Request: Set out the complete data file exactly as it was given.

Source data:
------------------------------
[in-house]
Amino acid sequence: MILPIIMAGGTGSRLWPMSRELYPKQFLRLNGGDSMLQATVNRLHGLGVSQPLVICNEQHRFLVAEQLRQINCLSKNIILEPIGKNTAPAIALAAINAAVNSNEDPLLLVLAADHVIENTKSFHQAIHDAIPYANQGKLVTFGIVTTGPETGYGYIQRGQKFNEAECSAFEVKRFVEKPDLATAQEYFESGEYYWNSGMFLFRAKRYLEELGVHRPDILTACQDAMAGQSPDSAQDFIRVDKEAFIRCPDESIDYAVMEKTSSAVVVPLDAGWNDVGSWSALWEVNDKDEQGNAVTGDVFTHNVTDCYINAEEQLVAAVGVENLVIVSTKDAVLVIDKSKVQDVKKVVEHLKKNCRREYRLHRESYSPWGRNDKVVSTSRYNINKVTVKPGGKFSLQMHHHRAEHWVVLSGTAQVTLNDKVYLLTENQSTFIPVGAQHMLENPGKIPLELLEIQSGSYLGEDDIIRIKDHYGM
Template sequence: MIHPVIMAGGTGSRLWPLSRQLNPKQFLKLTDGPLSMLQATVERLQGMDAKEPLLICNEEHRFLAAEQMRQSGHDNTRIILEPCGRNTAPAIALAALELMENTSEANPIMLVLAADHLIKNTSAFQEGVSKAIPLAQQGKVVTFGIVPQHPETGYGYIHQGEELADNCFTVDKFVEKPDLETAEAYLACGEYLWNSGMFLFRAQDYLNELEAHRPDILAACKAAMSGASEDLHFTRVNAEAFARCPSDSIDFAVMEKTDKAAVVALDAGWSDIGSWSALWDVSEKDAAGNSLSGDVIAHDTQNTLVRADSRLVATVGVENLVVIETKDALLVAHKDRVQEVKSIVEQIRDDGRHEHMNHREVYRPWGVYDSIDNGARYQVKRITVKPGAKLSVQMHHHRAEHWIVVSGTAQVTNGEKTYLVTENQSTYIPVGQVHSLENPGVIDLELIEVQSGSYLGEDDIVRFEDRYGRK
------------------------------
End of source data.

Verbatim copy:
[in-house]
Amino acid sequence: MILPIIMAGGTGSRLWPMSRELYPKQFLRLNGGDSMLQATVNRLHGLGVSQPLVICNEQHRFLVAEQLRQINCLSKNIILEPIGKNTAPAIALAAINAAVNSNEDPLLLVLAADHVIENTKSFHQAIHDAIPYANQGKLVTFGIVTTGPETGYGYIQRGQKFNEAECSAFEVKRFVEKPDLATAQEYFESGEYYWNSGMFLFRAKRYLEELGVHRPDILTACQDAMAGQSPDSAQDFIRVDKEAFIRCPDESIDYAVMEKTSSAVVVPLDAGWNDVGSWSALWEVNDKDEQGNAVTGDVFTHNVTDCYINAEEQLVAAVGVENLVIVSTKDAVLVIDKSKVQDVKKVVEHLKKNCRREYRLHRESYSPWGRNDKVVSTSRYNINKVTVKPGGKFSLQMHHHRAEHWVVLSGTAQVTLNDKVYLLTENQSTFIPVGAQHMLENPGKIPLELLEIQSGSYLGEDDIIRIKDHYGM
Template sequence: MIHPVIMAGGTGSRLWPLSRQLNPKQFLKLTDGPLSMLQATVERLQGMDAKEPLLICNEEHRFLAAEQMRQSGHDNTRIILEPCGRNTAPAIALAALELMENTSEANPIMLVLAADHLIKNTSAFQEGVSKAIPLAQQGKVVTFGIVPQHPETGYGYIHQGEELADNCFTVDKFVEKPDLETAEAYLACGEYLWNSGMFLFRAQDYLNELEAHRPDILAACKAAMSGASEDLHFTRVNAEAFARCPSDSIDFAVMEKTDKAAVVALDAGWSDIGSWSALWDVSEKDAAGNSLSGDVIAHDTQNTLVRADSRLVATVGVENLVVIETKDALLVAHKDRVQEVKSIVEQIRDDGRHEHMNHREVYRPWGVYDSIDNGARYQVKRITVKPGAKLSVQMHHHRAEHWIVVSGTAQVTNGEKTYLVTENQSTYIPVGQVHSLENPGVIDLELIEVQSGSYLGEDDIVRFEDRYGRK